"We're not showing any delays," Philadelphia airport spokeswoman Victoria Lupica said Monday afternoon. "We have adequate air traffic controller staffing. Our operations are not being affected - departures and arrivals."
However, there could be some trickle-down effects from other airports and areas where FAA locations are affected, Lupica added.
At 7 p.m., the FAA website said Philadelphia was experiencing gate-hold and taxi delays of 16 to 30 minutes "and increasing," due to wind.
Flights Monday were delayed in Baltimore and at Washington's Reagan National airport.
Todd Lehmacher, spokesman for US Airways in Philadelphia, said the carrier was "seeing an impact due to controller staffing issues."
Flights departing Reagan airport in Washington were delayed by 60 to 90 minutes into New York LaGuardia. They were primarily East Coast shuttle flights. Later in the day, US Airways had arrival delays in Charlotte, N.C., due to air traffic controller staffing.
"We are working closely with the FAA and our airline's air traffic desk to minimize delays and reduce the number of flight cancellations," Lehmacher said. "Customer inconvenience is of concern to us."
The FAA has said it had no other way to trim $637 million from the agency budget as required by the across-the-board spending cuts approved by Congress.
The FAA has 47,000 employees, each of whom is scheduled to take one furlough day every other week between now and Sept. 30, the end of the federal fiscal year.
Nationwide, 10 percent of FAA employees will be furloughed each day, including roughly 1,500 controllers, the agency said.
In a statement Monday, the FAA said, "Travelers can expect to see a wide range of delays that will change throughout the day depending on staffing and weather-related issues."
The statement noted "staffing challenges" at New York Terminal Radar Approach Control and at New York, Fort Worth, Jacksonville, and Los Angeles radar centers that handles high-altitude flights.
"Controllers will space planes farther apart so they can manage traffic with current staff, which will lead to delays at airports including New York's LaGuardia Airport," the FAA said.
"We encourage all travelers to check their flight status and also to visit www.fly.faa.gov for the latest airport delay information," the agency said.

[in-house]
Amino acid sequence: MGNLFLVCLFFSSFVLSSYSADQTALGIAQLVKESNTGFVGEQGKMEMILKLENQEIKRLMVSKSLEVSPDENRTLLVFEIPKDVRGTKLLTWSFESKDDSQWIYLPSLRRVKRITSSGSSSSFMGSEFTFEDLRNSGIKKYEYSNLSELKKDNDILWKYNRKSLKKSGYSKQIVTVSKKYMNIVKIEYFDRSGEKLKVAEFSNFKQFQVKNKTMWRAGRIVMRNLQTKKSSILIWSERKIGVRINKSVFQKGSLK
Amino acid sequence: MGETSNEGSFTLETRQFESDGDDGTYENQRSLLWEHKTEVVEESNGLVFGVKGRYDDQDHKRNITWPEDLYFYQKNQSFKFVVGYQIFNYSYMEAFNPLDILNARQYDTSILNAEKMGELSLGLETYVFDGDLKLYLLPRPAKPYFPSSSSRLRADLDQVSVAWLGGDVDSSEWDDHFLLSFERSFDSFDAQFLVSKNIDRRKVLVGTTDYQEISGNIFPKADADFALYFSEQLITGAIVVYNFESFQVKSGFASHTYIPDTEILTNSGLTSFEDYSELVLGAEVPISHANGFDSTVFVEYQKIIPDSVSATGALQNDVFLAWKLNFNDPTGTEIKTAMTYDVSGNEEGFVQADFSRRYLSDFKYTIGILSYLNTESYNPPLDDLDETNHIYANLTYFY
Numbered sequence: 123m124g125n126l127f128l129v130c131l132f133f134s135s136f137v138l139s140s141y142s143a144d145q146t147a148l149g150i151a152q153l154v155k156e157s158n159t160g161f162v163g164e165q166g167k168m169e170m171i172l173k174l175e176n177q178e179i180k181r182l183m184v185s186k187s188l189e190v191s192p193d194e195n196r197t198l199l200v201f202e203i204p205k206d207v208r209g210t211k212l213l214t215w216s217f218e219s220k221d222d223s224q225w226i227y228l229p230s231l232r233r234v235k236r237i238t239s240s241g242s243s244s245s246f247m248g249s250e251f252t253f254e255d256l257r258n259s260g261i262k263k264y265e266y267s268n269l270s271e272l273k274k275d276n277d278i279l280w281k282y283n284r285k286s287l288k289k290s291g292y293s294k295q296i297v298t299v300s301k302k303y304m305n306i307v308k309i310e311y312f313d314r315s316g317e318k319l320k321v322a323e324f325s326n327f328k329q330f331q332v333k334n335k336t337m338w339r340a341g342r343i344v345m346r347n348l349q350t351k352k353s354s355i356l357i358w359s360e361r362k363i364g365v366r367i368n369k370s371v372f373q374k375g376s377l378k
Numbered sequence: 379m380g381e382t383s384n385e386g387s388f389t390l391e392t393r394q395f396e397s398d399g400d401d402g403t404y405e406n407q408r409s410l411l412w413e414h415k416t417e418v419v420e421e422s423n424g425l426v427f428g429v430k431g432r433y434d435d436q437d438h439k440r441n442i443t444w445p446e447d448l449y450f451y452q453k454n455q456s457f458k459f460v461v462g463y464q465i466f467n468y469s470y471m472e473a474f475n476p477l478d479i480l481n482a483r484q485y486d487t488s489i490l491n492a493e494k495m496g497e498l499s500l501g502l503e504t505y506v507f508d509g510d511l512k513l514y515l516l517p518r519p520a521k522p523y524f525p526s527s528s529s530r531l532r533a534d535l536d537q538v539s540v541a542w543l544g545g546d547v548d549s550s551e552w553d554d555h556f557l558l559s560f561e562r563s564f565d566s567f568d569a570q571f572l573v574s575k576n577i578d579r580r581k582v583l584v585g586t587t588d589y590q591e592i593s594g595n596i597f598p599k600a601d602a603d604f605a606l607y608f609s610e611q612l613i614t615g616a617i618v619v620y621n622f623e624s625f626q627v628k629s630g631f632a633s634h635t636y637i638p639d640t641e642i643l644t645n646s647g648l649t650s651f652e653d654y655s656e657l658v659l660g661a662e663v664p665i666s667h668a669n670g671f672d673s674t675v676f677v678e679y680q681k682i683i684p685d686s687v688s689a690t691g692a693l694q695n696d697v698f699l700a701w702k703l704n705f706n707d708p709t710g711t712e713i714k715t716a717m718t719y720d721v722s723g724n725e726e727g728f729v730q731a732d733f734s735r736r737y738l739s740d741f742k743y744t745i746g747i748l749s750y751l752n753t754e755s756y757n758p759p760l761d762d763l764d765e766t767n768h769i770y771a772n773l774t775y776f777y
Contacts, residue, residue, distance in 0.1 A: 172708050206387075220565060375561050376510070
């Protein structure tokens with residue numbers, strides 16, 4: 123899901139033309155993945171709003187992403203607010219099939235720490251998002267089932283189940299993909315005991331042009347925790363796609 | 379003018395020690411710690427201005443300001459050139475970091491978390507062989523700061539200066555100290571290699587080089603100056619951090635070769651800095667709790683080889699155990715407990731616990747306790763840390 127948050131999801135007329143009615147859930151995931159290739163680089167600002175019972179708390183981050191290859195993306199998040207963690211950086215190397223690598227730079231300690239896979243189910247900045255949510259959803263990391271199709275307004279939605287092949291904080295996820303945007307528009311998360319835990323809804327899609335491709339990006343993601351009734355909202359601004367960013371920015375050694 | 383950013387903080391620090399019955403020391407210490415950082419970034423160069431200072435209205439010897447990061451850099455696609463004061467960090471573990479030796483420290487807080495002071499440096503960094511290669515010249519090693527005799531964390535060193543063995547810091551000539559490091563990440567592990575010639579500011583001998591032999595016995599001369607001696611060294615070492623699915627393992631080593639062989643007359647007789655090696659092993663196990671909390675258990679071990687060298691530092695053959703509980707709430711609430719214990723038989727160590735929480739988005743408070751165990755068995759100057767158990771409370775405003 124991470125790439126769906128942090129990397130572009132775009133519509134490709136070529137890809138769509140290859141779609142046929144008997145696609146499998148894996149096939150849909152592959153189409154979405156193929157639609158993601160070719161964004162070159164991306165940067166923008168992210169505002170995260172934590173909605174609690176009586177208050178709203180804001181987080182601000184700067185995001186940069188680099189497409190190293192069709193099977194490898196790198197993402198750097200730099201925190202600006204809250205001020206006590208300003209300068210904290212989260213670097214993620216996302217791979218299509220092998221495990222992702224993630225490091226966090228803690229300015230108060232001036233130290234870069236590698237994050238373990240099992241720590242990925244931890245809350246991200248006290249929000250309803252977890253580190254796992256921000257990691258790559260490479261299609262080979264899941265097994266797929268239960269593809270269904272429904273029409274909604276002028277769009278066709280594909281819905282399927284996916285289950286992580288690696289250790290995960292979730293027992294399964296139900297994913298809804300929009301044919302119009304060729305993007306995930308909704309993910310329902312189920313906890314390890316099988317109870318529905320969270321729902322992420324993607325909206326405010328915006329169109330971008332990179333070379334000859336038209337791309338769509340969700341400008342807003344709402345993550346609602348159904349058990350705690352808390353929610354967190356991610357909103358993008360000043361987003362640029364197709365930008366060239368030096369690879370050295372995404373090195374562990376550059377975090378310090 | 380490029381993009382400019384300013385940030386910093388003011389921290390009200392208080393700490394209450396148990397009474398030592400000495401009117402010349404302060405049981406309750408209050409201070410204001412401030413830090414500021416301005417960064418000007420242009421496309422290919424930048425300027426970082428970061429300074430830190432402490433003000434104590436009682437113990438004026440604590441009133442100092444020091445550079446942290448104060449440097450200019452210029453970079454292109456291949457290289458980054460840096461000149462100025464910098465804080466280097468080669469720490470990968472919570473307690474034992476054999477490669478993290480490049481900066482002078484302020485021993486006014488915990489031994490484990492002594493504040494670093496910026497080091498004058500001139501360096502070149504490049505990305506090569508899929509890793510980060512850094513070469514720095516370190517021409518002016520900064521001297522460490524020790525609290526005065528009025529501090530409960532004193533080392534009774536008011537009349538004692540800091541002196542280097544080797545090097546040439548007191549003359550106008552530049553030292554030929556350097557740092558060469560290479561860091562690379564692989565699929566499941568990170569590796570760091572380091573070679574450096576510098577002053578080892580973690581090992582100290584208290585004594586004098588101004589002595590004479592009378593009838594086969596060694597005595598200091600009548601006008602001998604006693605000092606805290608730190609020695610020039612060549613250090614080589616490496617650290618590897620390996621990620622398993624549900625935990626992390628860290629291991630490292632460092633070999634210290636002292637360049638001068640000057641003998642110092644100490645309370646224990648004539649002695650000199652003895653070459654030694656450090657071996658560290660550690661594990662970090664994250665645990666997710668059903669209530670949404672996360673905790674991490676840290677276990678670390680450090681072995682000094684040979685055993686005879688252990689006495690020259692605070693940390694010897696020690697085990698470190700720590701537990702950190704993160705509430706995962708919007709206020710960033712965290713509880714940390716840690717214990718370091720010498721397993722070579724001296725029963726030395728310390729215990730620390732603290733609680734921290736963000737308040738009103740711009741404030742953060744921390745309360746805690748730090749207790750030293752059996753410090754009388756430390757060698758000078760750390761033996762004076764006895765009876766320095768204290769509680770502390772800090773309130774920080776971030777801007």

When the furloughs kicked in Sunday, there were about 400 delays in the nation's air system attributable to staffing reductions, the FAA said.
Airlines for America, a trade group for the airline industry, joined by the Air Line Pilots Association and the Regional Airline Association, filed a lawsuit Friday asking a federal court in Washington to halt the furloughs.
The groups said the FAA was "irresponsible" for cutting 10 percent of its staff, jeopardizing the safety and security of air travelers, and affecting up to 6,700 flights a day and one out of every three passengers.
Business traveler Brian Mandel, of Lafayette Hill, e-mailed Monday to suggest that Philadelphia's airport may have "underestimated the impact of the furlough."
Mandel said that he was on a Delta Air Lines flight Monday morning from Philadelphia to Detroit, which was delayed due to the late arrival of the incoming aircraft and that the wait time between takeoffs on the runway seemed longer than usual.
"I cannot tell you for certain that this was due to the furlough, but there was no other apparent reason," Mandel said.
The Professional Aviation Safety Specialists, representing 11,000 FAA employees, warned that the disruptions could hurt the economy.
"The furloughs will result in reduced maintenance of aviation systems and equipment, which will increase the potential for outages, prolonged restoration of system or equipment failures, meaning more delays for air travelers nationwide," Mike Perrone, the group's national president, wrote members of Congress.
The furloughs include airline systems specialists and aviation safety inspectors.
Delta Air Lines said the furloughs of controllers would "adversely affect operations at many major airports."
In a letter to the FAA chief operating officer, Delta's general counsel Ben Hirst said both solicitors general in the Bill Clinton and George W. Bush administrations agreed that "the FAA has flexibility to transfer funds from nonsafety activities" to support the agency's "core mission of efficiently managing the nation's airspace."
"The FAA has discretion with respect to cuts" within its $7.4 billion budget, Hirst wrote.
"The FAA does not need to resort to furloughs to meet the requirements of sequestration. I hope the FAA will reconsider its position," Hirst said.
Some congressional Republicans have suggested the FAA could reduce spending on consultants, supplies, and travel, and trim a grant program for airport improvements.
Airlines for America, the trade group, said it was monitoring the situation, "and we urge customers to stay in close contact with their airlines, monitoring their websites for the latest flight status, and signing up for electronic updates on their mobile devices."
Contact Linda Loyd
at 215-854-2831 or email@example.com.